White Supremacists Think They Have a Friend in the White House. They’re Not Wrong | Triangulator | Indy Week
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White Supremacists Think They Have a Friend in the White House. They’re Not Wrong 

White supremacists marched in Charlottesville on August 12, 2017.

Photo by Baynard Woods

White supremacists marched in Charlottesville on August 12, 2017.

Donald Trump did not murder Heather Heyer, the thirty-two-year-old paralegal who was killed when a car allegedly driven by neo-Nazi James Fields Jr. plowed into a crowd of counterprotesters in Charlottesville. But he shares some responsibility for her death. 

After all, Trump lit the fuse. 

Sure, there was already a powder keg. There were racial resentments that boiled to the surface during the Obama presidency, manifesting in the tea partyers and the birthers, both of whom Trump nurtured and "mainstream" Republicans tolerated so long as it suited them. 

But from the second Trump announced his candidacy, he's played footsie (or worse) with white nationalists. He's elevated racists like Jeff Sessions and Stephen Miller and neo-Nazi sympathizers like Stephen Bannon and Seb Gorka to positions of power. He's refused to call out bigots who rallied to his banner. He built a campaign rooted in a fear of the other—Mexicans, Muslims, refugees, African Americans—premised on nostalgia for white hegemony. 

The losers who marched this weekend, bearing tiki torches and Nazi flags, were there in his name. Trump made it OK for them to step out of the shadows. (Fields's mother told the Associated Press that she thought her son was traveling from Ohio to Virginia for an event that "had something to do with Trump." She wasn't wrong.) 

When violence forced Trump to say something on Saturday, all the vainglorious chump could muster was some blather about blame "on many sides," as if Nazis and those who don't like Nazis have moral equivalence. Trump also insisted that we need to "cherish our history," an unsubtle nod to the KKK types who descended on Charlottesville to defend a monument to Robert E. Lee.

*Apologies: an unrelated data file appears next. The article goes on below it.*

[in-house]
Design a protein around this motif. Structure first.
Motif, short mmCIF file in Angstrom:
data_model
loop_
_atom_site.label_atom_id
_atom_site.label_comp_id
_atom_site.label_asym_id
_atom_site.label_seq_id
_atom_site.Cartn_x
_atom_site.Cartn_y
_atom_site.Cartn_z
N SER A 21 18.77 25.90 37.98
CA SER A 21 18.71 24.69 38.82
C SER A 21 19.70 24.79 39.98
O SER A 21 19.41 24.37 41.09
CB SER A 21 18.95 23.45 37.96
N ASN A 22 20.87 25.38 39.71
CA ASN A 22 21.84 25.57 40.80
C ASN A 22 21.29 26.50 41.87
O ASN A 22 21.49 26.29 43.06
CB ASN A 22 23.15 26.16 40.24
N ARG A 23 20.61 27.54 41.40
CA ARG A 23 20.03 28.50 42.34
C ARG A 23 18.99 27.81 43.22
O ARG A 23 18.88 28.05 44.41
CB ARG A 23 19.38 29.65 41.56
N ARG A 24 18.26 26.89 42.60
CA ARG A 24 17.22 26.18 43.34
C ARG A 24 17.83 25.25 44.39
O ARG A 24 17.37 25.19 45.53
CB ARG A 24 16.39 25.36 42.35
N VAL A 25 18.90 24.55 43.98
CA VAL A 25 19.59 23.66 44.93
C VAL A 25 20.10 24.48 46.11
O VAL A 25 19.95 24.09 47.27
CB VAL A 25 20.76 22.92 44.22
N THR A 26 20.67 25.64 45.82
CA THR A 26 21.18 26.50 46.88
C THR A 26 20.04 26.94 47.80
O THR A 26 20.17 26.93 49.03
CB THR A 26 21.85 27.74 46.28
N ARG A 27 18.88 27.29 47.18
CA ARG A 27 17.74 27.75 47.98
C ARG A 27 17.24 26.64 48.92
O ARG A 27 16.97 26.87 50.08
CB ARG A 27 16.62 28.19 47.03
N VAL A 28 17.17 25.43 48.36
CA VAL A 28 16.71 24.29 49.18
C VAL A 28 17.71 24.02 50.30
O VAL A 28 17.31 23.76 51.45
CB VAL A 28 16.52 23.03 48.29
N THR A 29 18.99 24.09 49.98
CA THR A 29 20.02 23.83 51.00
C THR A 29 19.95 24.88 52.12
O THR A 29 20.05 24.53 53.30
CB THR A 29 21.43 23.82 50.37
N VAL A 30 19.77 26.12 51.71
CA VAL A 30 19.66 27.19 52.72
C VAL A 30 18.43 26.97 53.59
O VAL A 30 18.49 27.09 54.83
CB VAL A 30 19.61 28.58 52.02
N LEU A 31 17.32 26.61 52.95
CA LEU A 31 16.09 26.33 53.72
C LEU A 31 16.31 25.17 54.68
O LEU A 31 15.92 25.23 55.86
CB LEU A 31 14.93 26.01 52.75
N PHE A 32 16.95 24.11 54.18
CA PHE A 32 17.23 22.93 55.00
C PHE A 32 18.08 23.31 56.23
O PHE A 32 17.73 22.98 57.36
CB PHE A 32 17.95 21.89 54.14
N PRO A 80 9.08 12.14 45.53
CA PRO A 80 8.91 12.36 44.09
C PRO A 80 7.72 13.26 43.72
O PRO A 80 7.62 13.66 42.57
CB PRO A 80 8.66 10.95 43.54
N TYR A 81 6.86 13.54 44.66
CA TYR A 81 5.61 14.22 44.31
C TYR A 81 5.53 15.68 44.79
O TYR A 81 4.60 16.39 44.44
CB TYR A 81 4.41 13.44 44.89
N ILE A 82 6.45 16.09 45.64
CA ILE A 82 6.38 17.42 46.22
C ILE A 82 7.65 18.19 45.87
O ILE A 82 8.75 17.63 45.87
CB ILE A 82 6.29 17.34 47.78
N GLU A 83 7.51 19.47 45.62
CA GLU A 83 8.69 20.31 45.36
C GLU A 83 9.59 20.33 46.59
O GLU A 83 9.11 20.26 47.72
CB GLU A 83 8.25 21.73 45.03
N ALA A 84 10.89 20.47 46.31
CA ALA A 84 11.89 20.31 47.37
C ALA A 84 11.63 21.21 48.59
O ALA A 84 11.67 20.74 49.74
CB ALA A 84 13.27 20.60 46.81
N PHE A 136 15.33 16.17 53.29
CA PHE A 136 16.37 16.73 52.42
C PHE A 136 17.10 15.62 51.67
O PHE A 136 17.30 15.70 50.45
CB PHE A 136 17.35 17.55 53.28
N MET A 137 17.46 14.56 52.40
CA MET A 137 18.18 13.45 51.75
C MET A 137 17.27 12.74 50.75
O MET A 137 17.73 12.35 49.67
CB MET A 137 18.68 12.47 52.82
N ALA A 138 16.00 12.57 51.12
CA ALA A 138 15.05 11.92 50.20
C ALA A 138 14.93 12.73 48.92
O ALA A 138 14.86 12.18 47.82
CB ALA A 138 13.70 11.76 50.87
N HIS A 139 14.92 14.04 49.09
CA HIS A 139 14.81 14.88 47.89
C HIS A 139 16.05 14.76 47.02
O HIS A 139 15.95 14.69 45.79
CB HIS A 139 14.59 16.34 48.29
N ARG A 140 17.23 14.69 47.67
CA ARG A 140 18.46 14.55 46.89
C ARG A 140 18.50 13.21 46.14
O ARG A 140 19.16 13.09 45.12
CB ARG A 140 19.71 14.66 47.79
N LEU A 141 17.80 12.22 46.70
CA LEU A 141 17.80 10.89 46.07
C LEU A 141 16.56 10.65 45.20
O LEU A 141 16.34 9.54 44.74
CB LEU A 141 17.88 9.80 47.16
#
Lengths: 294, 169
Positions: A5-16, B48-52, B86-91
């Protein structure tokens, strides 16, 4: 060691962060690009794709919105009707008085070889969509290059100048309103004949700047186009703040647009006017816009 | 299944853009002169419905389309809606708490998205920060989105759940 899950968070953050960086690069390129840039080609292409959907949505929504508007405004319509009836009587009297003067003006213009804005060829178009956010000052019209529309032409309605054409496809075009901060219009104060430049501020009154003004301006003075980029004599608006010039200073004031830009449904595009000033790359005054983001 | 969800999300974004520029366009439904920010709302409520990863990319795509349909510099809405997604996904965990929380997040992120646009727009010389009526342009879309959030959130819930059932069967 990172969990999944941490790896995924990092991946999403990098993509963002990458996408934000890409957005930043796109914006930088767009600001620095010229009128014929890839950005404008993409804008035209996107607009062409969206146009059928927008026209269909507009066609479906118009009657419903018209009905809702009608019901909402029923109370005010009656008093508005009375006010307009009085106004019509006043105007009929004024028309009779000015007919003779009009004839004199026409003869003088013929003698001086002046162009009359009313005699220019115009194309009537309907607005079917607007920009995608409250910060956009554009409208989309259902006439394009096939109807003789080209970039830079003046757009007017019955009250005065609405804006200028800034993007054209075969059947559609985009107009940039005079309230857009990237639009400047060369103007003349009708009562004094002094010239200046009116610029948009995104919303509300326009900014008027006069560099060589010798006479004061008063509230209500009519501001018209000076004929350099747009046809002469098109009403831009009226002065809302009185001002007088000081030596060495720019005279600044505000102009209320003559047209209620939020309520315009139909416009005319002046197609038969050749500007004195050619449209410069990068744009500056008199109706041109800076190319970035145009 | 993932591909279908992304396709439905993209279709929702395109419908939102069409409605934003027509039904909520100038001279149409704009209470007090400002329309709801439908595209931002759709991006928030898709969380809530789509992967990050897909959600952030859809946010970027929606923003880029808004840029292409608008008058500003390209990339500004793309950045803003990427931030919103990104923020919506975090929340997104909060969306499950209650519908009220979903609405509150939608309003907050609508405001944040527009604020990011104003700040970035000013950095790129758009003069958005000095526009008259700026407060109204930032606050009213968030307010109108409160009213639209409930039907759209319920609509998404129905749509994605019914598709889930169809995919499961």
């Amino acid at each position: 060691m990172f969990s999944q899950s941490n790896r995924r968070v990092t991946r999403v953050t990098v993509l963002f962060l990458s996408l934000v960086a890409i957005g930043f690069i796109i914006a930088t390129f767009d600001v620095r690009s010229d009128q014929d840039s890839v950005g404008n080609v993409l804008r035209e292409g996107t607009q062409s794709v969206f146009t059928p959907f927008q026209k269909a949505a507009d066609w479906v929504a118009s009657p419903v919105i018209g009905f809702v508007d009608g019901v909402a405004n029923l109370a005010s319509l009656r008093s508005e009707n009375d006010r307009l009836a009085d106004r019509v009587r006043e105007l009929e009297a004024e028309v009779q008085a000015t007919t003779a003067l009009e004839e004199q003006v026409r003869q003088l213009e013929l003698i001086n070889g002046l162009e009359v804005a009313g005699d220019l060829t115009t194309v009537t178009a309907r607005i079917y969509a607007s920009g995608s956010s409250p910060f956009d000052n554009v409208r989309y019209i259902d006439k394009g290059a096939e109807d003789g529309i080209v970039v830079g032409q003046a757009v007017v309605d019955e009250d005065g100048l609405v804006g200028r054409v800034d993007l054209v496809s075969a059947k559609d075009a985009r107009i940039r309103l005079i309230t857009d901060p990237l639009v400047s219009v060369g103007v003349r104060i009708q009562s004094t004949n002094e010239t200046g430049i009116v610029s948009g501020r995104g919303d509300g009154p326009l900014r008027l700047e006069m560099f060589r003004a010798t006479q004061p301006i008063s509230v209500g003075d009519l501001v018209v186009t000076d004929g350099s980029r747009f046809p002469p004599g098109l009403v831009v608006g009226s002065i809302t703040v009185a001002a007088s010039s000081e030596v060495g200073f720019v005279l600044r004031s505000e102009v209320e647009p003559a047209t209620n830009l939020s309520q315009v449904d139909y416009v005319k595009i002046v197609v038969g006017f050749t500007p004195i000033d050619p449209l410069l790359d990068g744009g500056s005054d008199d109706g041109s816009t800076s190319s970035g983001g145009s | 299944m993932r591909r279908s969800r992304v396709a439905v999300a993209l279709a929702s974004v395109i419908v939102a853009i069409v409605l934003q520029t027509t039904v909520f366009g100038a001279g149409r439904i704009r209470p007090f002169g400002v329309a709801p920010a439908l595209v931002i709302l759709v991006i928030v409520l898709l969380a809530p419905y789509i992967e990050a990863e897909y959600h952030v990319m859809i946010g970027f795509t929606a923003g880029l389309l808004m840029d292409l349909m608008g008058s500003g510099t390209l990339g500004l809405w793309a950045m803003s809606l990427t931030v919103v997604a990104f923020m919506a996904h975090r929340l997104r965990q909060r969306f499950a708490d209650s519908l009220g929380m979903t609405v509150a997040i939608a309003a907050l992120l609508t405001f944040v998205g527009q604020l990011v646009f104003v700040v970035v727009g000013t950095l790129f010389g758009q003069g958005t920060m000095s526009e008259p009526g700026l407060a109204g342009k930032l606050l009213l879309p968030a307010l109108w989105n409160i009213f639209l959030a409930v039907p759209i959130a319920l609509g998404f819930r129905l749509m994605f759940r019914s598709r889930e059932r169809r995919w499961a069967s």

It took nearly twenty-four hours for the White House press shop to try to clean that up, publishing an unsigned statement on Sunday saying that "of course" Trump's condemnation of violence "includes white supremacists, KKK, neo-Nazis and all extremist groups." On Monday, the president took a third stab at it, begrudgingly reading from a teleprompter that "racism is evil."

To condemn Nazis after deadly Nazi violence is the easiest political layup imaginable. Yet Trump declined until his hand was forced. This would be inexplicable if the reason wasn't so patently obvious: Trump is terrified of aggravating his base.

Several prominent conservatives have been more forthright. A few, including Senators Cory Gardner and Marco Rubio, have criticized the president's tepidity.

Closer to home, Senator Thom Tillis tweeted, "The hate, bigotry and violence on display in #Charlottesville is despicable and represents the complete opposite of what America stands for." On Facebook Monday, Senator Richard Burr said, "Violence has no place in our society and we must come together as a country to condemn these acts."

Their words are nice (though, should you really expect a cookie for saying "Nazis are bad"?). Actions would be better. 

So long as they enable Trump, Republican leaders are complicit in the moral stain that he represents. And so long as the stain Trump represents goes unanswered, the more this rot will fester, the more this hatred will boil, and the more likely it is that others will share Heyer's fate. 

At the very least, every Republican—looking at you, Tillis and Burr—should demand that Trump immediately fire Gorka, Miller, and Bannon. Bannon, of course, offered the goose steppers a safe space on Breitbart. Miller, who palled around with white supremacist Richard Spencer at Duke, has been behind the administration's attacks on refugees and immigrants. Gorka has ties to a right-wing Hungarian group that was allied with Nazis. In any normal administration, histories half that repugnant would have prevented them from getting anywhere near the Oval Office. In Trump's, they're top advisers. 

That the president hired them is a testament to Trump's amorality. That Republicans haven't forced the issue is a testament to their pusillanimity. 

For the rest of us, what happened in Charlottesville this weekend should serve as a wake-up call. These voices of virulent hatred and demagoguery aren't going to go away on their own; they need to be shamed and marginalized and defeated and thrown onto the scrap heap of history.

In her last Facebook post, Heather Heyer quoted the familiar maxim, "If you're not outraged, you're not paying attention." Let her memory remind us to stay vigilant, to stay outraged, to never lose sight of what we're up against, to never stop fighting. 

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